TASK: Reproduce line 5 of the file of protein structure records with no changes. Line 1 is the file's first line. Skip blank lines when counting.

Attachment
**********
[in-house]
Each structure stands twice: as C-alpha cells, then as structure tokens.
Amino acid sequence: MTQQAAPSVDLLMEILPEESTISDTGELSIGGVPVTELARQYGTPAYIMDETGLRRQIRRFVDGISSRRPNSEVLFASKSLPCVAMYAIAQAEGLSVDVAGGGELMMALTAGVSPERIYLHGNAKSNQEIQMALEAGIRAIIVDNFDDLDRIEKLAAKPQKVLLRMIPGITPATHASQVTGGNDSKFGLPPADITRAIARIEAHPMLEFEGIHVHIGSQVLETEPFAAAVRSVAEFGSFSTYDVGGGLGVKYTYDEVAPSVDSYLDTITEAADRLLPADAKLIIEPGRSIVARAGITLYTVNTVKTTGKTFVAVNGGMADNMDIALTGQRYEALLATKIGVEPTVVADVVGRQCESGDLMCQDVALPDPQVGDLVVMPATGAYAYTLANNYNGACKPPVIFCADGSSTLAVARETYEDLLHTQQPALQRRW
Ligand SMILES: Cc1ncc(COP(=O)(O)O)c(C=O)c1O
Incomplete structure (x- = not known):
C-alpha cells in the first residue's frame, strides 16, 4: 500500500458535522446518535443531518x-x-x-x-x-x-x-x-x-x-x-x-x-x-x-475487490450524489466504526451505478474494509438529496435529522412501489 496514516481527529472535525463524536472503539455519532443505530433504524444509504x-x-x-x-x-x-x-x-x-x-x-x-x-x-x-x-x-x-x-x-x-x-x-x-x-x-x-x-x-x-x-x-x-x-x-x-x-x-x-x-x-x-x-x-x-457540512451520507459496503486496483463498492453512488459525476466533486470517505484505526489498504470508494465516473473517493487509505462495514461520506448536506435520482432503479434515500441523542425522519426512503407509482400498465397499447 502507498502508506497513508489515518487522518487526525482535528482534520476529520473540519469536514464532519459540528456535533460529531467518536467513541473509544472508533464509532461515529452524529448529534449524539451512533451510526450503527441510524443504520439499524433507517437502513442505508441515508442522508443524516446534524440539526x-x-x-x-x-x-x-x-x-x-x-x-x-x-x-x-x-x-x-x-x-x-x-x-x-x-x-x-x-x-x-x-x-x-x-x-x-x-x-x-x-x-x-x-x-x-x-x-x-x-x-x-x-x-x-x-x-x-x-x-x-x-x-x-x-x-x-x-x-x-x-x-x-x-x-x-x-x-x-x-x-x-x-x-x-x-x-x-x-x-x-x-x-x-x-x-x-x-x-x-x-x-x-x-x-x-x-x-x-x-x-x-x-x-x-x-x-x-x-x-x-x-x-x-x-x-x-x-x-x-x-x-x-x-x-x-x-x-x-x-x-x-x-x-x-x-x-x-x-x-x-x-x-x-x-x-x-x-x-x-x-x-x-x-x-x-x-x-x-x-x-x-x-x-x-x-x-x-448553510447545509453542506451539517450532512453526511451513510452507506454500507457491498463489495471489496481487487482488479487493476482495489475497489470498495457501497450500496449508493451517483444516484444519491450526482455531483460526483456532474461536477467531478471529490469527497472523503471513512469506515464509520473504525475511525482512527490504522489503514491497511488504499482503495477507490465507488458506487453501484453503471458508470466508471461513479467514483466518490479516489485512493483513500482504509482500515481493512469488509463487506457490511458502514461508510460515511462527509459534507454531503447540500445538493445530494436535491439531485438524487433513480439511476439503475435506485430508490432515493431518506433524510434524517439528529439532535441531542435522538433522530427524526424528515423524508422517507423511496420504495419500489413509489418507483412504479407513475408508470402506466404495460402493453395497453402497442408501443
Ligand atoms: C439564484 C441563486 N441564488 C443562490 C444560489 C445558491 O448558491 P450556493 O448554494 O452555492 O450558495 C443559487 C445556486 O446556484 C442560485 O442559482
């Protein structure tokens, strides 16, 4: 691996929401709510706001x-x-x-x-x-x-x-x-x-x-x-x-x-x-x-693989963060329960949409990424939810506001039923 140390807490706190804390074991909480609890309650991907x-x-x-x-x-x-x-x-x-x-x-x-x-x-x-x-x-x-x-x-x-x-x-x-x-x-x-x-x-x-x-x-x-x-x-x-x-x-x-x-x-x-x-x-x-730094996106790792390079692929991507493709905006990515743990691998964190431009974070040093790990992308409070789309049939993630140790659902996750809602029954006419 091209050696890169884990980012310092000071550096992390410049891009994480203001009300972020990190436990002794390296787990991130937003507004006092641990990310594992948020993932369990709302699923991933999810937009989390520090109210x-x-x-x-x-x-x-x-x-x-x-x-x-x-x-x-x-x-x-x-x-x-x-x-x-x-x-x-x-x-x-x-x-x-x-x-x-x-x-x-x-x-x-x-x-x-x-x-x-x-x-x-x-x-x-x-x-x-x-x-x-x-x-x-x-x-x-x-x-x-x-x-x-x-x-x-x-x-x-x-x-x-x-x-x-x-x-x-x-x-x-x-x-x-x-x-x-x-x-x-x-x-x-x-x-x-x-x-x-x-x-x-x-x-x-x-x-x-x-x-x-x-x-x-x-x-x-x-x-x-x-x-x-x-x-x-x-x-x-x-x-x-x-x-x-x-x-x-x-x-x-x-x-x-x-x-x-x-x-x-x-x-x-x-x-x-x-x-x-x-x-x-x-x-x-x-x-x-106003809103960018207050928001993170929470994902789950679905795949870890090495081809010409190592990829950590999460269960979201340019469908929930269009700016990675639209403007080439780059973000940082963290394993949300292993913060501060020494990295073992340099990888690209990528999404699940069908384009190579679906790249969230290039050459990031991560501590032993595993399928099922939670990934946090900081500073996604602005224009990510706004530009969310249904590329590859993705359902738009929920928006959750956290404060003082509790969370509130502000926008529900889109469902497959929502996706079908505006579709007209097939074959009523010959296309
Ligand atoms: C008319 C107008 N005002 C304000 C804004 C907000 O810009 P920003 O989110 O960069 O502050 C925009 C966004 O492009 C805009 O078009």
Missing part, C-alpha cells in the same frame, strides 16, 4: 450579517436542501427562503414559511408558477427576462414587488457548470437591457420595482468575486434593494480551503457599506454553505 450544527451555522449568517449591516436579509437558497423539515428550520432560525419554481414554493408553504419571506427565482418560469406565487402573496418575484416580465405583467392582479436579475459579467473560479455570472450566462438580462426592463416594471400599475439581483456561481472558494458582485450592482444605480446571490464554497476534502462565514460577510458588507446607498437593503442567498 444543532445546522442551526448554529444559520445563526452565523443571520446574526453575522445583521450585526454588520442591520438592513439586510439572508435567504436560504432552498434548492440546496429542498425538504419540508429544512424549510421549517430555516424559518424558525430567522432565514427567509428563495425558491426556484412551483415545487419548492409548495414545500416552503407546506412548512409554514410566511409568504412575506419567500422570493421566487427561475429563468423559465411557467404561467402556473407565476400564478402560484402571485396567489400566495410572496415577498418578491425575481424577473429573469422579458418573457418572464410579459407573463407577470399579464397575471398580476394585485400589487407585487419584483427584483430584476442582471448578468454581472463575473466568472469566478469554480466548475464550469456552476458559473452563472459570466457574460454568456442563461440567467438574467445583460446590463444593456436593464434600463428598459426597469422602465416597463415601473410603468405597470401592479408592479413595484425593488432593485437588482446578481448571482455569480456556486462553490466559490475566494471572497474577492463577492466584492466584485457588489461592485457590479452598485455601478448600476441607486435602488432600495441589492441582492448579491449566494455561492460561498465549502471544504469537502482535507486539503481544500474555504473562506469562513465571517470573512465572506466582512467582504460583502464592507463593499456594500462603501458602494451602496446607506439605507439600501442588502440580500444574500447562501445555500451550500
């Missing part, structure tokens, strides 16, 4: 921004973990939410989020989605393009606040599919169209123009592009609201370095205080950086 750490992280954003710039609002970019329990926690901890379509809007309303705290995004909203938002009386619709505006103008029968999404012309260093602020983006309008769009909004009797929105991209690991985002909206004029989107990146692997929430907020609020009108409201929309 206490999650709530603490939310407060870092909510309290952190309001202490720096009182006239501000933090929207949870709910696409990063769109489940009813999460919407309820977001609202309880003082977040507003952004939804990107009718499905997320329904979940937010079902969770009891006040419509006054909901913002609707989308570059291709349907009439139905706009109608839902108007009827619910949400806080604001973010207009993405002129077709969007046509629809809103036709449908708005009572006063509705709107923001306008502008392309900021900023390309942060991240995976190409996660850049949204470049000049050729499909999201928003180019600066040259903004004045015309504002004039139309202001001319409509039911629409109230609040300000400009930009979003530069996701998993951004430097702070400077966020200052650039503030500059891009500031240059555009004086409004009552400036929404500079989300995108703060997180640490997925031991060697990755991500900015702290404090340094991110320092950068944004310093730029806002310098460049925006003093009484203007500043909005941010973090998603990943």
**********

Incomplete structure (x- = not known):